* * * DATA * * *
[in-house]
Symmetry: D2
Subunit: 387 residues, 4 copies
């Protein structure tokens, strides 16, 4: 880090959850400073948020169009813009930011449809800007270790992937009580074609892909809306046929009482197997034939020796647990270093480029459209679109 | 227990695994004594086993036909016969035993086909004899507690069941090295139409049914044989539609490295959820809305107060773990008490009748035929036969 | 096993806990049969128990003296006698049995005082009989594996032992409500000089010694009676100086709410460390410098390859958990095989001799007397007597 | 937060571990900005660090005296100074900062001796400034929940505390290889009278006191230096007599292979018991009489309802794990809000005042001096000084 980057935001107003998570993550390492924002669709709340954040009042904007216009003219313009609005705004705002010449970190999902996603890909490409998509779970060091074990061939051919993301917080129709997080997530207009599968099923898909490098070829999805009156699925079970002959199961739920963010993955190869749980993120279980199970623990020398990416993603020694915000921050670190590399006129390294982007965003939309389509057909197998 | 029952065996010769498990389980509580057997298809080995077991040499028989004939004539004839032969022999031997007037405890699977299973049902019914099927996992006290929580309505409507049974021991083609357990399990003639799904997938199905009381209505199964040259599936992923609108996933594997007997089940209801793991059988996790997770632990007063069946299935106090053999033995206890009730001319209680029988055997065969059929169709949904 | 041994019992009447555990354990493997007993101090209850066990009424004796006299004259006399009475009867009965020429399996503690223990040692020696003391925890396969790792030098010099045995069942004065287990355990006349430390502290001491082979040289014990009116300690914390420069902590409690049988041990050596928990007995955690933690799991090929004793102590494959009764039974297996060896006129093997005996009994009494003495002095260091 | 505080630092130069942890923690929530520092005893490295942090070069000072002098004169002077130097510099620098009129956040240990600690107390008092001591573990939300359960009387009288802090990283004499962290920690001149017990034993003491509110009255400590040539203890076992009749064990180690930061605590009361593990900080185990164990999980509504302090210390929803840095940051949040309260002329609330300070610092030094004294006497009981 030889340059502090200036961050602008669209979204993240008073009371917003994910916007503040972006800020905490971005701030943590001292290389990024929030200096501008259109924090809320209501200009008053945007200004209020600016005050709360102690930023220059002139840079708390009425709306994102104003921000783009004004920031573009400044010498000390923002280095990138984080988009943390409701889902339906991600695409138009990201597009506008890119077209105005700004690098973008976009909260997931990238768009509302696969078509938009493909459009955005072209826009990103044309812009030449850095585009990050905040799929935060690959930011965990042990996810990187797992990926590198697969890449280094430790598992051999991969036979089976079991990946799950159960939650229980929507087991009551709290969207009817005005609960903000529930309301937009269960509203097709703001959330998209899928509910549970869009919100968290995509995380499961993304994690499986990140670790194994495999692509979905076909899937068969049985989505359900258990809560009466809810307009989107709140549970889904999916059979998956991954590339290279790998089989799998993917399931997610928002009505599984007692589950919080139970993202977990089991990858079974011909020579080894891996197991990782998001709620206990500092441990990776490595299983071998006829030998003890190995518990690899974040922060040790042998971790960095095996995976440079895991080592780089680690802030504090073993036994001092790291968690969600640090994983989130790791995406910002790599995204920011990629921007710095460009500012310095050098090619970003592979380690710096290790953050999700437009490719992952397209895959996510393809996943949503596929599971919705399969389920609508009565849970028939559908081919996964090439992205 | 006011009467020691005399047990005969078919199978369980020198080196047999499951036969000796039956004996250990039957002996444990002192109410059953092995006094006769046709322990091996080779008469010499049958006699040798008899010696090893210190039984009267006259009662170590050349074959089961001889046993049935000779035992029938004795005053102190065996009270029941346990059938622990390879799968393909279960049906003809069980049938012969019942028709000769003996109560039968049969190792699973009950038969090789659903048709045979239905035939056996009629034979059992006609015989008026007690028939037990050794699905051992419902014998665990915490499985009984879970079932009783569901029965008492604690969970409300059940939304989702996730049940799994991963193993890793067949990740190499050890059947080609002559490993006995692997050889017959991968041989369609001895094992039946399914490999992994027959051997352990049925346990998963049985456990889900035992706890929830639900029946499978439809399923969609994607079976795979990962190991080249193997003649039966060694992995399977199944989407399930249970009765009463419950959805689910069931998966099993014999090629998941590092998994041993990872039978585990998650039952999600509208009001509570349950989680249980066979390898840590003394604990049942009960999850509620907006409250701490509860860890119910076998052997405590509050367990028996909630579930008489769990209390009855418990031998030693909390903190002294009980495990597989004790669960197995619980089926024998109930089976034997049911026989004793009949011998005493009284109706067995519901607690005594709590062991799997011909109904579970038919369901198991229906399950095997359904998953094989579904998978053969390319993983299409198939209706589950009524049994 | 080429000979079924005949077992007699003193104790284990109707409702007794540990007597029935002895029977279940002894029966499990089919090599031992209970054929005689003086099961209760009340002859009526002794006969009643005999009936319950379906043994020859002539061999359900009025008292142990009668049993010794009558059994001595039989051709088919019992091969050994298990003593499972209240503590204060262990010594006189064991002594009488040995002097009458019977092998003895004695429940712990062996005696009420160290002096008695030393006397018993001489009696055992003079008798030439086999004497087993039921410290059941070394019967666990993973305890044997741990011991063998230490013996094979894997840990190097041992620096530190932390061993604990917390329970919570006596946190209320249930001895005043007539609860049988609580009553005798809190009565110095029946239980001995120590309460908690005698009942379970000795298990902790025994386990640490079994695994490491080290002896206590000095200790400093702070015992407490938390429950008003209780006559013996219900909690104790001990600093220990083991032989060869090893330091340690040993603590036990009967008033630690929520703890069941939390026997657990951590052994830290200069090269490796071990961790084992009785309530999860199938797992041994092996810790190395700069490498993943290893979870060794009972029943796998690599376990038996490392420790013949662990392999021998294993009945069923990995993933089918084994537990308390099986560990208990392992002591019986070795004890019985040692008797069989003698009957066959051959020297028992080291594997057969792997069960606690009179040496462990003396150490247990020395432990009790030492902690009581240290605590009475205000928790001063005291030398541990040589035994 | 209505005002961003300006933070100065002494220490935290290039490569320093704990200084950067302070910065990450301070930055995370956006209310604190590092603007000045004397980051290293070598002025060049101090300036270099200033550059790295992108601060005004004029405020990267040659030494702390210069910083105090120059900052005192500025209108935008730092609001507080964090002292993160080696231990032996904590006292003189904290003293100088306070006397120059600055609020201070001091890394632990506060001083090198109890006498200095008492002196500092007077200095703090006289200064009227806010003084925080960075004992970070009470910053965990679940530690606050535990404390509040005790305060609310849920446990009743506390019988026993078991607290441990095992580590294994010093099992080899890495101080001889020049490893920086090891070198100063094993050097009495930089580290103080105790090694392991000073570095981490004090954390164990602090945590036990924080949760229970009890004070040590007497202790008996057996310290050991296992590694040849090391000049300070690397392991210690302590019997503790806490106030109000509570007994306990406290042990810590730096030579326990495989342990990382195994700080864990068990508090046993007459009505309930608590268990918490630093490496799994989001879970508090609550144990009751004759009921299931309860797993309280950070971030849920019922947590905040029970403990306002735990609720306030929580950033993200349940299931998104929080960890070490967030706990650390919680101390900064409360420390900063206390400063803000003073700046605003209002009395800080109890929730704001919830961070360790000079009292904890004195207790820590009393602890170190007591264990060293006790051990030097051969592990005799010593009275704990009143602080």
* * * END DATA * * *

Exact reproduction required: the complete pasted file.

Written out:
[in-house]
Symmetry: D2
Subunit: 387 residues, 4 copies
């Protein structure tokens, strides 16, 4: 880090959850400073948020169009813009930011449809800007270790992937009580074609892909809306046929009482197997034939020796647990270093480029459209679109 | 227990695994004594086993036909016969035993086909004899507690069941090295139409049914044989539609490295959820809305107060773990008490009748035929036969 | 096993806990049969128990003296006698049995005082009989594996032992409500000089010694009676100086709410460390410098390859958990095989001799007397007597 | 937060571990900005660090005296100074900062001796400034929940505390290889009278006191230096007599292979018991009489309802794990809000005042001096000084 980057935001107003998570993550390492924002669709709340954040009042904007216009003219313009609005705004705002010449970190999902996603890909490409998509779970060091074990061939051919993301917080129709997080997530207009599968099923898909490098070829999805009156699925079970002959199961739920963010993955190869749980993120279980199970623990020398990416993603020694915000921050670190590399006129390294982007965003939309389509057909197998 | 029952065996010769498990389980509580057997298809080995077991040499028989004939004539004839032969022999031997007037405890699977299973049902019914099927996992006290929580309505409507049974021991083609357990399990003639799904997938199905009381209505199964040259599936992923609108996933594997007997089940209801793991059988996790997770632990007063069946299935106090053999033995206890009730001319209680029988055997065969059929169709949904 | 041994019992009447555990354990493997007993101090209850066990009424004796006299004259006399009475009867009965020429399996503690223990040692020696003391925890396969790792030098010099045995069942004065287990355990006349430390502290001491082979040289014990009116300690914390420069902590409690049988041990050596928990007995955690933690799991090929004793102590494959009764039974297996060896006129093997005996009994009494003495002095260091 | 505080630092130069942890923690929530520092005893490295942090070069000072002098004169002077130097510099620098009129956040240990600690107390008092001591573990939300359960009387009288802090990283004499962290920690001149017990034993003491509110009255400590040539203890076992009749064990180690930061605590009361593990900080185990164990999980509504302090210390929803840095940051949040309260002329609330300070610092030094004294006497009981 030889340059502090200036961050602008669209979204993240008073009371917003994910916007503040972006800020905490971005701030943590001292290389990024929030200096501008259109924090809320209501200009008053945007200004209020600016005050709360102690930023220059002139840079708390009425709306994102104003921000783009004004920031573009400044010498000390923002280095990138984080988009943390409701889902339906991600695409138009990201597009506008890119077209105005700004690098973008976009909260997931990238768009509302696969078509938009493909459009955005072209826009990103044309812009030449850095585009990050905040799929935060690959930011965990042990996810990187797992990926590198697969890449280094430790598992051999991969036979089976079991990946799950159960939650229980929507087991009551709290969207009817005005609960903000529930309301937009269960509203097709703001959330998209899928509910549970869009919100968290995509995380499961993304994690499986990140670790194994495999692509979905076909899937068969049985989505359900258990809560009466809810307009989107709140549970889904999916059979998956991954590339290279790998089989799998993917399931997610928002009505599984007692589950919080139970993202977990089991990858079974011909020579080894891996197991990782998001709620206990500092441990990776490595299983071998006829030998003890190995518990690899974040922060040790042998971790960095095996995976440079895991080592780089680690802030504090073993036994001092790291968690969600640090994983989130790791995406910002790599995204920011990629921007710095460009500012310095050098090619970003592979380690710096290790953050999700437009490719992952397209895959996510393809996943949503596929599971919705399969389920609508009565849970028939559908081919996964090439992205 | 006011009467020691005399047990005969078919199978369980020198080196047999499951036969000796039956004996250990039957002996444990002192109410059953092995006094006769046709322990091996080779008469010499049958006699040798008899010696090893210190039984009267006259009662170590050349074959089961001889046993049935000779035992029938004795005053102190065996009270029941346990059938622990390879799968393909279960049906003809069980049938012969019942028709000769003996109560039968049969190792699973009950038969090789659903048709045979239905035939056996009629034979059992006609015989008026007690028939037990050794699905051992419902014998665990915490499985009984879970079932009783569901029965008492604690969970409300059940939304989702996730049940799994991963193993890793067949990740190499050890059947080609002559490993006995692997050889017959991968041989369609001895094992039946399914490999992994027959051997352990049925346990998963049985456990889900035992706890929830639900029946499978439809399923969609994607079976795979990962190991080249193997003649039966060694992995399977199944989407399930249970009765009463419950959805689910069931998966099993014999090629998941590092998994041993990872039978585990998650039952999600509208009001509570349950989680249980066979390898840590003394604990049942009960999850509620907006409250701490509860860890119910076998052997405590509050367990028996909630579930008489769990209390009855418990031998030693909390903190002294009980495990597989004790669960197995619980089926024998109930089976034997049911026989004793009949011998005493009284109706067995519901607690005594709590062991799997011909109904579970038919369901198991229906399950095997359904998953094989579904998978053969390319993983299409198939209706589950009524049994 | 080429000979079924005949077992007699003193104790284990109707409702007794540990007597029935002895029977279940002894029966499990089919090599031992209970054929005689003086099961209760009340002859009526002794006969009643005999009936319950379906043994020859002539061999359900009025008292142990009668049993010794009558059994001595039989051709088919019992091969050994298990003593499972209240503590204060262990010594006189064991002594009488040995002097009458019977092998003895004695429940712990062996005696009420160290002096008695030393006397018993001489009696055992003079008798030439086999004497087993039921410290059941070394019967666990993973305890044997741990011991063998230490013996094979894997840990190097041992620096530190932390061993604990917390329970919570006596946190209320249930001895005043007539609860049988609580009553005798809190009565110095029946239980001995120590309460908690005698009942379970000795298990902790025994386990640490079994695994490491080290002896206590000095200790400093702070015992407490938390429950008003209780006559013996219900909690104790001990600093220990083991032989060869090893330091340690040993603590036990009967008033630690929520703890069941939390026997657990951590052994830290200069090269490796071990961790084992009785309530999860199938797992041994092996810790190395700069490498993943290893979870060794009972029943796998690599376990038996490392420790013949662990392999021998294993009945069923990995993933089918084994537990308390099986560990208990392992002591019986070795004890019985040692008797069989003698009957066959051959020297028992080291594997057969792997069960606690009179040496462990003396150490247990020395432990009790030492902690009581240290605590009475205000928790001063005291030398541990040589035994 | 209505005002961003300006933070100065002494220490935290290039490569320093704990200084950067302070910065990450301070930055995370956006209310604190590092603007000045004397980051290293070598002025060049101090300036270099200033550059790295992108601060005004004029405020990267040659030494702390210069910083105090120059900052005192500025209108935008730092609001507080964090002292993160080696231990032996904590006292003189904290003293100088306070006397120059600055609020201070001091890394632990506060001083090198109890006498200095008492002196500092007077200095703090006289200064009227806010003084925080960075004992970070009470910053965990679940530690606050535990404390509040005790305060609310849920446990009743506390019988026993078991607290441990095992580590294994010093099992080899890495101080001889020049490893920086090891070198100063094993050097009495930089580290103080105790090694392991000073570095981490004090954390164990602090945590036990924080949760229970009890004070040590007497202790008996057996310290050991296992590694040849090391000049300070690397392991210690302590019997503790806490106030109000509570007994306990406290042990810590730096030579326990495989342990990382195994700080864990068990508090046993007459009505309930608590268990918490630093490496799994989001879970508090609550144990009751004759009921299931309860797993309280950070971030849920019922947590905040029970403990306002735990609720306030929580950033993200349940299931998104929080960890070490967030706990650390919680101390900064409360420390900063206390400063803000003073700046605003209002009395800080109890929730704001919830961070360790000079009292904890004195207790820590009393602890170190007591264990060293006790051990030097051969592990005799010593009275704990009143602080």